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Drug Possession and the Law

In Victoria, the most common charge relating to possession of drugs is possession of a ‘drug of dependence’. The legislation differentiates between types and amounts of drugs, providing several other categories of offences, relating to possession, use, production and trafficking. In this article, we examine the law relating to possession of a drug of dependence and pinpoint defences that may be available to you.

Elements of the Drug Possession Offence

In order to establish the offence of ‘Possession of a drug of dependence’ there is two things the Police must establish, that:

  1. The substance meets the definition of a drug of dependence; and
  2. You possessed a substance;

There are separate offences relating to cultivation and trafficking, which are outside the scope of this article.

Drug of Dependence

The law defines a ‘drug of dependence’ as:

  • A drug, or any part of a plant (such as a Marijuana plant); or
  • Natural or synthetic, salts, analogues, derivatives and isomers of that drug and any salt of those analogues, derivatives and isomers. [1]

There is a list provided by legislation, which categorises certain types of drugs including (but not limited to) Cannabis, Cocaine, Methylampetamine and Pseudoephedrine.[2]

Possession

Possession under Victorian legislation means to have used, enjoyed or controlled a drug of dependence.[3] The term ‘use’ relating to a drug of dependence means to smoke, inhale the fumes of or introduce to the body. [4] Possession can also be deemed where drugs are found on land or premises occupied by the accused, or in property over which the accused exercises practical control including access.[5]

The Police can also rely on a common law definition of possession, requiring the establishment of both a conduct element and mental element.[6] This means proving that you exercised control over, and intended to control a drug of dependence.[7] ‘Control’ means having within one’s reach or the power to have within one’s reach.[8] The Police are also required to establish that you intended to possess a drug of dependence.[9]

Further, it is worth noting the Police need only establish the elements of drug possession on the ‘balance of probabilities’, meaning that it was more likely than not.[10]

Possible Penalty

The maximum penalty for possession of a small quantity of Cannabis or Tetrahydrocannabinol is 1 year imprisonment, or a maximum of 5 years for possession of other drugs. [11] For use of a drug of dependence, the maximum penalty is 1 year imprisonment.[12]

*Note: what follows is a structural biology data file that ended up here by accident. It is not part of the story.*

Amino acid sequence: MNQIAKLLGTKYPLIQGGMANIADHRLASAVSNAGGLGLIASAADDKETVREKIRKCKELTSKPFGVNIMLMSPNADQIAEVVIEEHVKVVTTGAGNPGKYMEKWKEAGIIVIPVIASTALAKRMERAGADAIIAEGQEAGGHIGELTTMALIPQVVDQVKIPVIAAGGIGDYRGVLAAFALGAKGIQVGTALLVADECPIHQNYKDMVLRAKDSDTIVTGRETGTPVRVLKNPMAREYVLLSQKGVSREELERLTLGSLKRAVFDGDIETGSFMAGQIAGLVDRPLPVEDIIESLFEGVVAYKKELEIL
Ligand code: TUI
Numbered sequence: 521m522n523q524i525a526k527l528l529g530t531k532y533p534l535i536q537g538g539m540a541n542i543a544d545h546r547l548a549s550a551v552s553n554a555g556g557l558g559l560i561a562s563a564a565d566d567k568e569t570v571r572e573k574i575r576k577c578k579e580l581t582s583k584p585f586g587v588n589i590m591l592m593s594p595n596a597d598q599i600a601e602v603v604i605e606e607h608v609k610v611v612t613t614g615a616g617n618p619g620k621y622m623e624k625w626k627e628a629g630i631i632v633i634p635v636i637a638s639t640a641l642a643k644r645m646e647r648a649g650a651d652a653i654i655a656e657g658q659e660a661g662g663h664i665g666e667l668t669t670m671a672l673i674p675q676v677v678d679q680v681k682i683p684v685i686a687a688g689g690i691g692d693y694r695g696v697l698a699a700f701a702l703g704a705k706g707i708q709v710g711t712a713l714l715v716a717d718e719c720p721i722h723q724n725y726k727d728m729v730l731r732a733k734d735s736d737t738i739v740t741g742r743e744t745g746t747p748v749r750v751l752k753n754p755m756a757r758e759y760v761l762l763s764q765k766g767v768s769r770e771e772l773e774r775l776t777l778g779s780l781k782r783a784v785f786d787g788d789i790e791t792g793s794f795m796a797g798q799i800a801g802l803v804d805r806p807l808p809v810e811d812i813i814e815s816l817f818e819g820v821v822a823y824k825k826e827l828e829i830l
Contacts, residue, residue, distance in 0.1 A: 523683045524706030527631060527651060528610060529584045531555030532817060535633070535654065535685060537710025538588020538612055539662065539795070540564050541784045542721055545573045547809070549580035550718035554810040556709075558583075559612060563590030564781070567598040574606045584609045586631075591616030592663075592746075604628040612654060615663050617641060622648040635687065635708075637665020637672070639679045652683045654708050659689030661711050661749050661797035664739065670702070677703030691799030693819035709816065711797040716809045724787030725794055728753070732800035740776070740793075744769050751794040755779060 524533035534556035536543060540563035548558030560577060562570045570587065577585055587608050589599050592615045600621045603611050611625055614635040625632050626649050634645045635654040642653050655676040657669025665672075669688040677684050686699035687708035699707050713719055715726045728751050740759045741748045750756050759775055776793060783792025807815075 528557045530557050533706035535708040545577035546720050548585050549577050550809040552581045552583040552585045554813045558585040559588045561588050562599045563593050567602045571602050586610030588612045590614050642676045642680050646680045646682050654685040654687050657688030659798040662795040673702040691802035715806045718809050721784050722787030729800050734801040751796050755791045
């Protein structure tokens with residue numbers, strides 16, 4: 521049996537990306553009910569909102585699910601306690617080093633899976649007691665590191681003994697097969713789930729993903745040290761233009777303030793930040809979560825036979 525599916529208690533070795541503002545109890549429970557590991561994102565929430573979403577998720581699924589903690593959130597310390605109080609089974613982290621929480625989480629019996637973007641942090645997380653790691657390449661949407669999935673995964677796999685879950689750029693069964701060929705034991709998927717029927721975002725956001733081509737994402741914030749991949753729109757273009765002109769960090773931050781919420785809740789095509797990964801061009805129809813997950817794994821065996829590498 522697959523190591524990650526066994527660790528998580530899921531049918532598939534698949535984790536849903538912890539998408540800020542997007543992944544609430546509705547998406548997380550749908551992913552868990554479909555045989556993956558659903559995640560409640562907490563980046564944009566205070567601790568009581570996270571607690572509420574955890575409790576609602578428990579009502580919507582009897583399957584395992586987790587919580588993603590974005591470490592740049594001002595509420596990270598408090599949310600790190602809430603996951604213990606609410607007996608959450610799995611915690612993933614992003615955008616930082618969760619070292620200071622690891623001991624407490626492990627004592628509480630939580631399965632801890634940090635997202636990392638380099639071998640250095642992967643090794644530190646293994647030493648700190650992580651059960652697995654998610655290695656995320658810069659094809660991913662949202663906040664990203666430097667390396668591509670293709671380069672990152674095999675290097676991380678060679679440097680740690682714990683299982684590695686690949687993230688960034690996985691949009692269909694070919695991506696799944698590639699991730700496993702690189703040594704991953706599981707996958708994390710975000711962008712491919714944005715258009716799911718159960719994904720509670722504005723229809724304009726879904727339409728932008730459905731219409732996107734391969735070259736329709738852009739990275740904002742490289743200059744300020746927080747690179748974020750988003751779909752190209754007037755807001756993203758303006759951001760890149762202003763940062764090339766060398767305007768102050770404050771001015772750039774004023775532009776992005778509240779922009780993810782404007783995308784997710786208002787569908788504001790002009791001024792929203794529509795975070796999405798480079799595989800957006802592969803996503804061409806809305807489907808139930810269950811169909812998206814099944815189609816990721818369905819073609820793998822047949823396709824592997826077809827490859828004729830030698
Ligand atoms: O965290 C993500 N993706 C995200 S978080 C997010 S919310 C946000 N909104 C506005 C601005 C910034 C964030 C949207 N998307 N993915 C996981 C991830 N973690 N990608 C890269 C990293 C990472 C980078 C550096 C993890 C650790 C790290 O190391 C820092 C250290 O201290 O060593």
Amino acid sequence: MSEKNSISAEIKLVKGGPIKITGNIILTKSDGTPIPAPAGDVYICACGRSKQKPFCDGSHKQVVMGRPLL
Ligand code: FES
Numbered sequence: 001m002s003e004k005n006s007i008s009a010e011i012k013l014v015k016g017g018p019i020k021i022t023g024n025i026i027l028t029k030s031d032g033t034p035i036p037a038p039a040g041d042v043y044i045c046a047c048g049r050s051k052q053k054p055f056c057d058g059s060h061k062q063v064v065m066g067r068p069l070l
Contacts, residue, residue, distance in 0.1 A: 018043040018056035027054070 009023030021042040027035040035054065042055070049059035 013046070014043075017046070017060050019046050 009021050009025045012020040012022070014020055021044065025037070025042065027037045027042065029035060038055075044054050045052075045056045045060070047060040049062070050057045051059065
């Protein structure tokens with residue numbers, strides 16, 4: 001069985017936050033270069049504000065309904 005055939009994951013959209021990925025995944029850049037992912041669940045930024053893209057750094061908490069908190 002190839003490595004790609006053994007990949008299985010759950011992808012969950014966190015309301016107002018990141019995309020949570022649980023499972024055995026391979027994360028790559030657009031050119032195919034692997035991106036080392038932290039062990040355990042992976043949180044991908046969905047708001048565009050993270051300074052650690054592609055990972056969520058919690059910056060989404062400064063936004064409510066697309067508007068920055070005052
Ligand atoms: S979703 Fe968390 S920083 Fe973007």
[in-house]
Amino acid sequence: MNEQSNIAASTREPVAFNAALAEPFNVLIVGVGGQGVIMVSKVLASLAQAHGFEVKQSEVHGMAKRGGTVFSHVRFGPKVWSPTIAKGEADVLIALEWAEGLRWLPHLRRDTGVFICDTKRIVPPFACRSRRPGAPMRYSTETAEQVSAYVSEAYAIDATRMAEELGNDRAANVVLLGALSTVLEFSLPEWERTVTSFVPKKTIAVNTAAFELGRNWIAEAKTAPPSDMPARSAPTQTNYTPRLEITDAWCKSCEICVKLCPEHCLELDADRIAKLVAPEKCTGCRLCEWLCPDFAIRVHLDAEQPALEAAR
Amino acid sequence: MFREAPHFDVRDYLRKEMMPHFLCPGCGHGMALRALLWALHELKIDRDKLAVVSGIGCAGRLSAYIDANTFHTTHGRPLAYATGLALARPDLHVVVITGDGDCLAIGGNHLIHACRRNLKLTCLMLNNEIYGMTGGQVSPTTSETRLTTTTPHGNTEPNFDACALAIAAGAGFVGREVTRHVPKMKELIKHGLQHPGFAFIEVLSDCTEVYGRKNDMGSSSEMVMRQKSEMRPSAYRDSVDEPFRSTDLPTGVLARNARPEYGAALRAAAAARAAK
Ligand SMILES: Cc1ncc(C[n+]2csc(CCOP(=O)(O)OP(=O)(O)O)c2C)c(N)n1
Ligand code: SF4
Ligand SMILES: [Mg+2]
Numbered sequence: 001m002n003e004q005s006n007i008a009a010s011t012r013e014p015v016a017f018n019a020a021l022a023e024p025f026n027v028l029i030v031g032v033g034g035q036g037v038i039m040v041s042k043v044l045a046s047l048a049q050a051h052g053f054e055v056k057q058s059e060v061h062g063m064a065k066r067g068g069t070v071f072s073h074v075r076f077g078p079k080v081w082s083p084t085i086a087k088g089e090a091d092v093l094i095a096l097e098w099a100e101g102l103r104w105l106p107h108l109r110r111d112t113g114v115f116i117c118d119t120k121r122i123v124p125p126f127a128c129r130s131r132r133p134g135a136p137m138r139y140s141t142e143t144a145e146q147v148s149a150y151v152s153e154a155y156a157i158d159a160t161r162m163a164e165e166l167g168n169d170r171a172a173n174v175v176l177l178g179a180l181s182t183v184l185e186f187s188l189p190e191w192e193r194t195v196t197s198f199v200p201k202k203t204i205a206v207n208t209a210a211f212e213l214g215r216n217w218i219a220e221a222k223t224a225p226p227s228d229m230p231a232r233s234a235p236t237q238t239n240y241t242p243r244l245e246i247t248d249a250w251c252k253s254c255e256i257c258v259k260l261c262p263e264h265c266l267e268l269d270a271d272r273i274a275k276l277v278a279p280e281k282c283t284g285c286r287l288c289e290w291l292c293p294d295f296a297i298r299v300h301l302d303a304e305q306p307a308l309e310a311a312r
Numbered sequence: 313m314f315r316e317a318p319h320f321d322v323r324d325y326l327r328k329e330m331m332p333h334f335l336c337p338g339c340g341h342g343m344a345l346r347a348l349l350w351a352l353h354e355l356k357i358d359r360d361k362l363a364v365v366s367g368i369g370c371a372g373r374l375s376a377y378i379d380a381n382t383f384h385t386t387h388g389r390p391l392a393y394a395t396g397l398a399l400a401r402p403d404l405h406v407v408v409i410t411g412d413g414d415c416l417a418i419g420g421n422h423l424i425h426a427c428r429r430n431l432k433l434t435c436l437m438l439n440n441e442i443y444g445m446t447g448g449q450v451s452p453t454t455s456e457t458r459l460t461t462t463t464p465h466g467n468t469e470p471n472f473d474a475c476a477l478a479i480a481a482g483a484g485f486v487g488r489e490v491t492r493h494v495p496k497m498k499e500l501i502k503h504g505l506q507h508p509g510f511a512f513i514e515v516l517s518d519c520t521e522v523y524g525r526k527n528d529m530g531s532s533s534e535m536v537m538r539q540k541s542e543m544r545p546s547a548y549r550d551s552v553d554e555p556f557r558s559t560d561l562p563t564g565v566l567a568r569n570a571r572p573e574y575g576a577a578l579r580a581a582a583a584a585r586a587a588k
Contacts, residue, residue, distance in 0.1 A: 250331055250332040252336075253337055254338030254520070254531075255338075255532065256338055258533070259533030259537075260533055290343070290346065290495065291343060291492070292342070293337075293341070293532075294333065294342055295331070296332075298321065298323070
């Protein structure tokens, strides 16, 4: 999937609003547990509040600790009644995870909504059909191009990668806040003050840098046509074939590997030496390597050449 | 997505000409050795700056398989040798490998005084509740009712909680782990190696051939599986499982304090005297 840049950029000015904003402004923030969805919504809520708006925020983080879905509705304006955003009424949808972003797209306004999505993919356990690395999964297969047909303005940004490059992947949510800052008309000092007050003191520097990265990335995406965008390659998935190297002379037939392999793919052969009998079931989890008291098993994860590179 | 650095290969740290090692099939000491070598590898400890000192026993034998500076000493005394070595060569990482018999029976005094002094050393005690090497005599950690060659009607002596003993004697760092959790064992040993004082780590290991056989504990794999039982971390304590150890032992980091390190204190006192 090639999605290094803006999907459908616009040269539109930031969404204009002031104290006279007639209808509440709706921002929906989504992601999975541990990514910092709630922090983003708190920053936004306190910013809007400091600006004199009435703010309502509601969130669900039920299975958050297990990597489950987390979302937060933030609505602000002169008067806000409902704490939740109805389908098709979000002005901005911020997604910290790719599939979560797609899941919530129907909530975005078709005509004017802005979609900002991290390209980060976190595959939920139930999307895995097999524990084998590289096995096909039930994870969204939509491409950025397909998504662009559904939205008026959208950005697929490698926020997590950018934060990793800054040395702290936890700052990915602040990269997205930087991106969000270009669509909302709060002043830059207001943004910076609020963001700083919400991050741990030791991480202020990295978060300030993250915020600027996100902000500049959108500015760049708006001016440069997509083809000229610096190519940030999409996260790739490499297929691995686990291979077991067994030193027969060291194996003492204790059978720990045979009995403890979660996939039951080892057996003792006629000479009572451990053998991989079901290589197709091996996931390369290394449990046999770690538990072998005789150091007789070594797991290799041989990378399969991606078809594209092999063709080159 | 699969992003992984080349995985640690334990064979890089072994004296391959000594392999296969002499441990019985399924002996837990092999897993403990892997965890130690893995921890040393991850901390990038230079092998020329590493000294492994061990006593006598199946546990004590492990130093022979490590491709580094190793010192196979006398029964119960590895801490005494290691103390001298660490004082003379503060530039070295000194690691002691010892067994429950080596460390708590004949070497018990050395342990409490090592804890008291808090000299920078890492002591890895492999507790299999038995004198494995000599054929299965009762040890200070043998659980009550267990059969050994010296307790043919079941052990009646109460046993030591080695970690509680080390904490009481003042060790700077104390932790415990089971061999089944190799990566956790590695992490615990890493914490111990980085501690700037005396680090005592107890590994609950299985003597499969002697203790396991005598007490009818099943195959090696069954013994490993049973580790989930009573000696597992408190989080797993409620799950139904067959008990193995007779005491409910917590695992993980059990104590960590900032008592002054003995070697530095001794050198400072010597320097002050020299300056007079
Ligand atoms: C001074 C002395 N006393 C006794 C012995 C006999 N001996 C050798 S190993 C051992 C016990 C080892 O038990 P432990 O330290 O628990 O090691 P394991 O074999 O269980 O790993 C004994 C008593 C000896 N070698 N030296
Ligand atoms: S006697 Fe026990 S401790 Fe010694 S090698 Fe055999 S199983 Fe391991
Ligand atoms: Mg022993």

There are lesser penalties where the charge relates to only a small quantity, or it can be agreed the drug was not held for the purpose of trafficking.[13]

Drug Possession Defences

If you have been charged with a drug possession offence, it is important to seek legal advice so that you can raise a defence that is best suited to your individual case. Some options you have include to argue that you did not commit the offence (e.g. mistaken identity). You can also raise that the substance found in your possession was not a ‘drug of dependence’. Further, you can argue that a drug of dependence does not meet the elements of possession, or was not under your control. It is also a defence, in some circumstances, to argue that you did not intend to possess a drug of dependence. You can also raise a defence if you were authorised or licenced to carry the drugs found in your possession.

If you have been charged with a drug-related offence then contact Leanne Warren today to discuss your defence. First 30 minute consultation is free of charge: 03 9670 6066 / info@leannewarren.com.au

[1]      Drugs, Poisons and Controlled Substances Act 1981 (Vic) s 4.
[2]      Drugs, Poisons and Controlled Substances Act 1981 (Vic) Schedule 11, Part 2; Schedule 11 Part 3.
[3]      Drugs, Poisons and Controlled Substances Act 1981 (Vic) s 5.
[4]      Drugs, Poisons and Controlled Substances Act 1981 (Vic) s 70.
[5]      Drugs, Poisons and Controlled Substances Act 1981 (Vic) s 5; s 73(1); R v Clarke and Johnston [1986] VR 643;
[6]      R v Maio [1989] VR 281; He Kaw The v R (1985) CLR 523.
[7]      Ibid.
[8]      Moors v Burke (1919) 26 CLR 265.
[9]      He Kaw The v R (1985) 157 CLR 523.
[10]     R v Momcilovic (2010) 25 VR 436; S 73(1)(a).
[11]     Drugs, Poisons and Controlled Substances Act 1981 (Vic) s 73(1)(b)(c).
[12]     Drugs, Poisons and Controlled Substances Act 1981 (Vic) s 75(b).
[13]     Drugs, Poisons and Controlled Substances Act 1981 (Vic) s 73(1)(a)(b).